You would also want to perform a competitive analysis as part of the market research section of your business plan. This will tell you who you’re up against and allow you to consider approaches that will give you a competitive advantage. Your competitive analysis may look a bit like this:

Products and services

This section of your business plan describes your offerings—which products and services do you sell to your customers? Here’s an example of a post from Paw Print:

Marketing plan

It’s always a good idea to develop a marketing plan before you launch your business. Your marketing plan shows how you’ll get the word out about your business, and it’s an essential component of your business plan too.

For Paw Print, there was a focus on 'four Ps': Price, product, promotion, and place. However, you can take a different approach with your marketing plan. Perhaps, you can select from your existing marketing strategy, or maybe you will decide to break it down through the different marketing channels. Whatever approach you decide on, your marketing plan should describe how you intend to promote your business and its offerings to potential customers. It’s OKAY to go high-level here.

Logistics and operations plan

  • Take Paw Print for example. They focused on suppliers, production, facilities, equipment, shipping and fulfilment and inventory.

Financial plan

The financial plan provides a breakdown of sales, revenue, profit, expenses as well as other relevant financial metrics related to funding and profiting from their business.

Ecommerce brand, Nature's Candy, broke down predicted revenue, expenses and net profit in a graphical format:

They then focused further on their financials to include:

  • Funding needs;
  • Projected profit-and-loss statement;
  • Projected balance sheet; and
  • Projected cash-flow statement.

You can use this financial plan template to build your own income statement, balance sheet, and cash-flow statement.

Types of business plans + what to include for each

One-pager

A one-page business plan is meant to be high level and easy to understand at a glance. You’ll want to include all of the sections, but make sure they’re truncated and summarised accordingly:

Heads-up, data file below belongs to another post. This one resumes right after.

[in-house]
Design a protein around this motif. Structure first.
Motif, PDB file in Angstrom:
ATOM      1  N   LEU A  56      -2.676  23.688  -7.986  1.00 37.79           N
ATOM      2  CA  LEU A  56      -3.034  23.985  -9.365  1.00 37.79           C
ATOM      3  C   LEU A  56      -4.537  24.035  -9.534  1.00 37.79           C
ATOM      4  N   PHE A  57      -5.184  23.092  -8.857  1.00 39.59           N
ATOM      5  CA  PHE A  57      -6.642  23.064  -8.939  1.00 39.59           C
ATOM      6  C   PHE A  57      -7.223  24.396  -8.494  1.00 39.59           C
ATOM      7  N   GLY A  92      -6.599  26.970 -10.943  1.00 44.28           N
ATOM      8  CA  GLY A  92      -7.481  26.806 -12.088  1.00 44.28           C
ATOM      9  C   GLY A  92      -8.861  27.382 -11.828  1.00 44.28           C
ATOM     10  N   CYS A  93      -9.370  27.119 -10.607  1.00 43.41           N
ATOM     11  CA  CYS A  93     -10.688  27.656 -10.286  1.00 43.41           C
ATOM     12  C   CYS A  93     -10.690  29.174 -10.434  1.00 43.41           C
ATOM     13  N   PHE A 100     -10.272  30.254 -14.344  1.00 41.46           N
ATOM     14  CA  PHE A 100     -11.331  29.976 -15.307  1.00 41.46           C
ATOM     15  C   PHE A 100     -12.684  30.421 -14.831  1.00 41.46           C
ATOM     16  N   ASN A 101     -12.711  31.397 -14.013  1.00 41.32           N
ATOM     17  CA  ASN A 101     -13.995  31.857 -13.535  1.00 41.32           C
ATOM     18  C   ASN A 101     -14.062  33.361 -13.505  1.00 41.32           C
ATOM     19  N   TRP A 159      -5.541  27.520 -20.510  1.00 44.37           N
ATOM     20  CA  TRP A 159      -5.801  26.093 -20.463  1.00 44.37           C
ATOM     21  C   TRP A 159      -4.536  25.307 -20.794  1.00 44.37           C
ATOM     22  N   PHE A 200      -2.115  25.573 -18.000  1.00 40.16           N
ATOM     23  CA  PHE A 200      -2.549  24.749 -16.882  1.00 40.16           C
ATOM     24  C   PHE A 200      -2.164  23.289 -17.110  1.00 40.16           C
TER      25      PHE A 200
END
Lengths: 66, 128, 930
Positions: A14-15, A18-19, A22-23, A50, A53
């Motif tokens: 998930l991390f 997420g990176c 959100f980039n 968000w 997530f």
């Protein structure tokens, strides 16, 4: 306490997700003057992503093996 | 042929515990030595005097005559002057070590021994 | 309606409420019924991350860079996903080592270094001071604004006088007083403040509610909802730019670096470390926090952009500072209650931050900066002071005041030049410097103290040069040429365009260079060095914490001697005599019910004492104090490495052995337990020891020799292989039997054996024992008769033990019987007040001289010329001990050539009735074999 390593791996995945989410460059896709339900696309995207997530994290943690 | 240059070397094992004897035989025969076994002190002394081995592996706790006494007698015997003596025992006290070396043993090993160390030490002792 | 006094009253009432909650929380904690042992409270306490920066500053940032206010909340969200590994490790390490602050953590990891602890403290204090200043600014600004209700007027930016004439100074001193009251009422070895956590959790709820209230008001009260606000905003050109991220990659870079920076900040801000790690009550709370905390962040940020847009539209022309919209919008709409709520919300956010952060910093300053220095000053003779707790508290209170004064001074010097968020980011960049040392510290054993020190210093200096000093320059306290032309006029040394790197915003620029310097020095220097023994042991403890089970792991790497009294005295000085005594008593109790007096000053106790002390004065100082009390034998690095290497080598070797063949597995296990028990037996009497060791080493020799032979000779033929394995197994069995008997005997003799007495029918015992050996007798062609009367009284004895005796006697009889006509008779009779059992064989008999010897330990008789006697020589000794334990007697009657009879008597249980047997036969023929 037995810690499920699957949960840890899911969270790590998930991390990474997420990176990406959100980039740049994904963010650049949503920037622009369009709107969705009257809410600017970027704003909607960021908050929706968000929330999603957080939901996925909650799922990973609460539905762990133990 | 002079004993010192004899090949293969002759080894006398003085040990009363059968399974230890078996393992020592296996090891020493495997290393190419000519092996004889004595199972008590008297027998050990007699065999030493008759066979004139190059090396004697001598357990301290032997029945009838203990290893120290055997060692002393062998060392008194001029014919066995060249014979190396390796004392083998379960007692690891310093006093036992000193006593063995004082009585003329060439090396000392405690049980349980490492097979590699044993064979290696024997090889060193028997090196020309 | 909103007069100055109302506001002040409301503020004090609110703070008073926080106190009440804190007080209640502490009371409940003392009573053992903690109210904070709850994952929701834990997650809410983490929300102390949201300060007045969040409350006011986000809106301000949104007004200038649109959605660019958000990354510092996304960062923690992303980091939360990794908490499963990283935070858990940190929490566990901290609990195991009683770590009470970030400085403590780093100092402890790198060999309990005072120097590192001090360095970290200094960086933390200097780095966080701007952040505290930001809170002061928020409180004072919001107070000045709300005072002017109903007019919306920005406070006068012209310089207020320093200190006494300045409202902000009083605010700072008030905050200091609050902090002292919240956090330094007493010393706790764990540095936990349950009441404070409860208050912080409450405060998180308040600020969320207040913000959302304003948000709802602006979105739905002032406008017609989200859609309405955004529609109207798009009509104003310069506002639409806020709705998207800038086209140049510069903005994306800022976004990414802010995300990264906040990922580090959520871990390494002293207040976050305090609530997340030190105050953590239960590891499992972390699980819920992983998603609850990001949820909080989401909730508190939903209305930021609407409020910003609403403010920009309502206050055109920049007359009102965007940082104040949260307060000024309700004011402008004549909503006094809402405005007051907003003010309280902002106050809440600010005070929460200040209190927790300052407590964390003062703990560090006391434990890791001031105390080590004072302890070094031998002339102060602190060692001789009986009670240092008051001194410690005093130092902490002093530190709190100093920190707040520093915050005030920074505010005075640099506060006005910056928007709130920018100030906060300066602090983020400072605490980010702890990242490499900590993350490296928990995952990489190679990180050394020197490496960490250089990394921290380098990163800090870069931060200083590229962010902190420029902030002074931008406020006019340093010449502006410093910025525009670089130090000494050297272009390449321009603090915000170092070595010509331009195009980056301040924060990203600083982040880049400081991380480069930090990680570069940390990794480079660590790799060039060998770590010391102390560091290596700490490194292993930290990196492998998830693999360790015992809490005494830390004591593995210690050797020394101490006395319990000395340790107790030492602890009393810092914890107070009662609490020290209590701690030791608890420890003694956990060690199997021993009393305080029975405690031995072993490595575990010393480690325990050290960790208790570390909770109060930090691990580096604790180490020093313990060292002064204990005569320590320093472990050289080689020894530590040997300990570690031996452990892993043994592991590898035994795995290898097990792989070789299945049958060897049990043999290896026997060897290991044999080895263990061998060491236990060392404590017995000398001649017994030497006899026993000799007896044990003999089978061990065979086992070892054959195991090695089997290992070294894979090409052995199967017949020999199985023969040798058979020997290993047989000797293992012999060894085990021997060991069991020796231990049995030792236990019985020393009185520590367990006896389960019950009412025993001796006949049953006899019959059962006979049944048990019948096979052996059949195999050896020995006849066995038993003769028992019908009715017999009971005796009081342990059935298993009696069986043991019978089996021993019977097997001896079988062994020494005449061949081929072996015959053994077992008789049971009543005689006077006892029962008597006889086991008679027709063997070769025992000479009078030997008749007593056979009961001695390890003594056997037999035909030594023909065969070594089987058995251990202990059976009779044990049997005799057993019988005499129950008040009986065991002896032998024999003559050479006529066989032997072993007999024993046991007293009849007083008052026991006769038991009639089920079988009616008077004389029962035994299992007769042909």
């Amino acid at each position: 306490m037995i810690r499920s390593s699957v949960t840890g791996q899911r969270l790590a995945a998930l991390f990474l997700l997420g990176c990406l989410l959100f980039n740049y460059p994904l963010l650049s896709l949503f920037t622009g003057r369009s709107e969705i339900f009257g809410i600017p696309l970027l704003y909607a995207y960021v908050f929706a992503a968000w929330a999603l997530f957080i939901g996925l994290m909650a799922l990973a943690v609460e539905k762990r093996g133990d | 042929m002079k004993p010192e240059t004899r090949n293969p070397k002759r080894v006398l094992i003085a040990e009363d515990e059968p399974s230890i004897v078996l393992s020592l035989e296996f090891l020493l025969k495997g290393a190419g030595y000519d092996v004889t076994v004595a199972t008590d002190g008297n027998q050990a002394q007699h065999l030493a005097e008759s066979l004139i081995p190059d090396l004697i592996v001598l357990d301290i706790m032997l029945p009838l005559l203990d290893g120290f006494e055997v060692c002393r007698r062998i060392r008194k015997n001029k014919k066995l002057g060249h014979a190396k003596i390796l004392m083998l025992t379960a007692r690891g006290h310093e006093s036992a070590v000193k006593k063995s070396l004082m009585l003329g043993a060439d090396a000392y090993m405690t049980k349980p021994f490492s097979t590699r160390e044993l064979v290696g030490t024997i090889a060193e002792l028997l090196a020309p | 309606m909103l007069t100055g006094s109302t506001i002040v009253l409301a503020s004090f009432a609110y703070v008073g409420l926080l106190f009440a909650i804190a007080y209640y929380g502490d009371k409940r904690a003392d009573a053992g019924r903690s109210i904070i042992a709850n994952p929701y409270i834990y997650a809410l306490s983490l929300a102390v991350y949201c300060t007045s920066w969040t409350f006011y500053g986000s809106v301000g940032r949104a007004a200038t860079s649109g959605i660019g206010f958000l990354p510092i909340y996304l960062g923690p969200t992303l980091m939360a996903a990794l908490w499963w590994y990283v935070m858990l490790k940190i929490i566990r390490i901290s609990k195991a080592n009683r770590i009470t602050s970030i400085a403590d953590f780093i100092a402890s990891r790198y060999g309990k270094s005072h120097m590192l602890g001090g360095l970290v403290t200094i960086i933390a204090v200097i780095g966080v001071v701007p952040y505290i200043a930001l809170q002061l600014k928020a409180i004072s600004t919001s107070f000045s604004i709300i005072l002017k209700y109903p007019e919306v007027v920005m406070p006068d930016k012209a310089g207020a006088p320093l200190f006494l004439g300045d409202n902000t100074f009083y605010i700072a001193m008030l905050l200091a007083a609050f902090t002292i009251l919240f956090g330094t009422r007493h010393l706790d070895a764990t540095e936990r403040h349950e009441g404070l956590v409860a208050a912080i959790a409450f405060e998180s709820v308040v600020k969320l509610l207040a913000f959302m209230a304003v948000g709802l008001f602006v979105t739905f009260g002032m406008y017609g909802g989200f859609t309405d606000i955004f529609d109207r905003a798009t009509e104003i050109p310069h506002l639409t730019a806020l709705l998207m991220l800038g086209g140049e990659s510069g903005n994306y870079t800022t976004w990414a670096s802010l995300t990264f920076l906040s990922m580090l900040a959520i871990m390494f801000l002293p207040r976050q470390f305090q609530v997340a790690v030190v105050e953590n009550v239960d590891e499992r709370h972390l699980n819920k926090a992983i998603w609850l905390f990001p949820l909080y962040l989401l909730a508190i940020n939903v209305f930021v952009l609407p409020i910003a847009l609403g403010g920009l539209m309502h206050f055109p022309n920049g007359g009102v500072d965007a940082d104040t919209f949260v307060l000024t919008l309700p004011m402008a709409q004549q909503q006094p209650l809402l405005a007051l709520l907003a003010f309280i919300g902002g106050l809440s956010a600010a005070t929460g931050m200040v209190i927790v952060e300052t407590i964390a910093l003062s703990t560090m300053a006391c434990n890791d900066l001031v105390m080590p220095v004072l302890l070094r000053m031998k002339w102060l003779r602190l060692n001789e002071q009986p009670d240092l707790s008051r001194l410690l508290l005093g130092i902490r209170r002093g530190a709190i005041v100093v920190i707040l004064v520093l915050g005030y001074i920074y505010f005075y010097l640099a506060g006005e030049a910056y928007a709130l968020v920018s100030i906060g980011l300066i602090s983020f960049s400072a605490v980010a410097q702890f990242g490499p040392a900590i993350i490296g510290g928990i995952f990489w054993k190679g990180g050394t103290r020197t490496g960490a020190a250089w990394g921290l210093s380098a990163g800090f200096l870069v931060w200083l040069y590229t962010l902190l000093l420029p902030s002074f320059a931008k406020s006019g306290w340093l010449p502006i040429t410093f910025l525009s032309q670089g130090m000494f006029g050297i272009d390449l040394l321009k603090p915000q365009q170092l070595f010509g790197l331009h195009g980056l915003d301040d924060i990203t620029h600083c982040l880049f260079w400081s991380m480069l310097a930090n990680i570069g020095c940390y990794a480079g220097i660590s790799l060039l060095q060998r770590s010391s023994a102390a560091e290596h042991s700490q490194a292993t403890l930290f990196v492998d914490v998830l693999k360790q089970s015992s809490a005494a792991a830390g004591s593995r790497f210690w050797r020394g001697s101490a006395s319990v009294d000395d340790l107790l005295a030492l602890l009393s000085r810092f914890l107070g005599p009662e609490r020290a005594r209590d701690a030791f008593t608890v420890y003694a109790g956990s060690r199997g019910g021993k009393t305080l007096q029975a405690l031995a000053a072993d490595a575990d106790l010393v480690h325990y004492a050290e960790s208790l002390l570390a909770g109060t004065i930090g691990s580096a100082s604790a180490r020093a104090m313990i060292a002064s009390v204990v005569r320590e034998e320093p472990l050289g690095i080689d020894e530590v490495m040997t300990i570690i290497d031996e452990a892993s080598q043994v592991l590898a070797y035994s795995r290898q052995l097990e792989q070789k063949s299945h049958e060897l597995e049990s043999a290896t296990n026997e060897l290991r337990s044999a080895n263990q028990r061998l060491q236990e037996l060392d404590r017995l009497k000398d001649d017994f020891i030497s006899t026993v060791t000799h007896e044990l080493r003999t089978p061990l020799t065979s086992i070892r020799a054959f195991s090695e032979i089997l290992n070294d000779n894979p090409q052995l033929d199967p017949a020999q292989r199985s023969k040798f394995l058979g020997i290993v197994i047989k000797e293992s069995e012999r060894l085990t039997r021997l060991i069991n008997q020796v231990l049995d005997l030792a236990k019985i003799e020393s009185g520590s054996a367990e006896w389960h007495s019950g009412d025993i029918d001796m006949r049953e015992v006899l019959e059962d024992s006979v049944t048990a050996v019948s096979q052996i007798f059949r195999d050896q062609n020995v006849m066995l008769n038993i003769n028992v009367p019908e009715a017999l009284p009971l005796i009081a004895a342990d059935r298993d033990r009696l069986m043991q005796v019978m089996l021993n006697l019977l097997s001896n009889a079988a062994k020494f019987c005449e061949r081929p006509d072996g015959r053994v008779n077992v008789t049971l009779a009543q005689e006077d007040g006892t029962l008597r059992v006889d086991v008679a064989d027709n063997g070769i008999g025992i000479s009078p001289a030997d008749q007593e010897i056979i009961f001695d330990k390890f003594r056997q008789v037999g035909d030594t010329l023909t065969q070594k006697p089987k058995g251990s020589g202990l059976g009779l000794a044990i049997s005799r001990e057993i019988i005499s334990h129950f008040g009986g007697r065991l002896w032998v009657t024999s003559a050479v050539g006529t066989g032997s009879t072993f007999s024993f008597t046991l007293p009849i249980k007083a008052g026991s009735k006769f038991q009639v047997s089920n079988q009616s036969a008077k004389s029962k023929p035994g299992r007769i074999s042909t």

• Executive summary: truncated;
  • Market analysis: summarized;
  • Products and services: summarized;
  • Marketing plan: summarized;
  • Logistics and operations plan: summarized; and
  • Financials: summarized.

Startup

A startup business plan is required for any new business. Typically, these plans are developed and shared to secure outside funding. As such, there’s a bigger focus on the financials as well as on any other sections that determine the viability of the business idea— market research, is important, for example. A startup business plan would include:

  • Executive summary
  • Company description
  • Market analysis: in-depth
  • Products and services
  • Marketing plan
  • Operations
  • Financials: in-depth

Internal

Your internal business plan is meant to keep your team on the same page and aligned toward the same goal and objectives. It would include the following:

  • Executive summary;
  • Company description;
  • Market analysis;
  • Products and services;
  • Marketing plan;
  • Logistics and operations plan; and
  • Financials.

Strategic

A strategic (or 'growth') business plan shows the bigger picture. This depicts a more-long-term look at your business. As such, the forecasts tend to look further into the future, and subsequently, growth and revenue goals may be higher. Essentially, you want to use all the sections you would in a normal business plan and build upon each:

  • Executive summary;
  • Company description;
  • Market analysis: comprehensive outlook;
  • Products and services: for launch and expansion;
  • Marketing plan: comprehensive outlook;
  • Logistics and operations plan: comprehensive outlook; and
  • Financials: comprehensive outlook.

Feasibility

Your feasibility business plan can be seen as a pre-business plan—many refer to it as a 'feasibility study'. This plan essentially lays the groundwork and validates that it’s worth the effort to make a full business plan for your idea. As such, it’s mostly centered around research:

  • Company description;
  • Market analysis;
  • Products and services;
  • Logistics and operations plan; and
  • Financials.

Set yourself up for success

Building a business plan serves as a roadmap you can use for your ecommerce business at launch as well as the journey to reaching each of your established growth goals. Business plans create accountability for entrepreneurs and synergy among teams, regardless of your business model.

Kickstart your ecommerce business and set yourself up for success with intentional business planning- begin by using the business plan examples highlighed in order to naviage your unique path.

SOURCE: Shopify - Author: Alexandra Sheehan - Alexandra Sheehan is a writer/editor and content specialist. She’s worked with retailers ranging from Fortune 100 companies to Etsy shop owners, and is always looking for innovative ways to help her clients.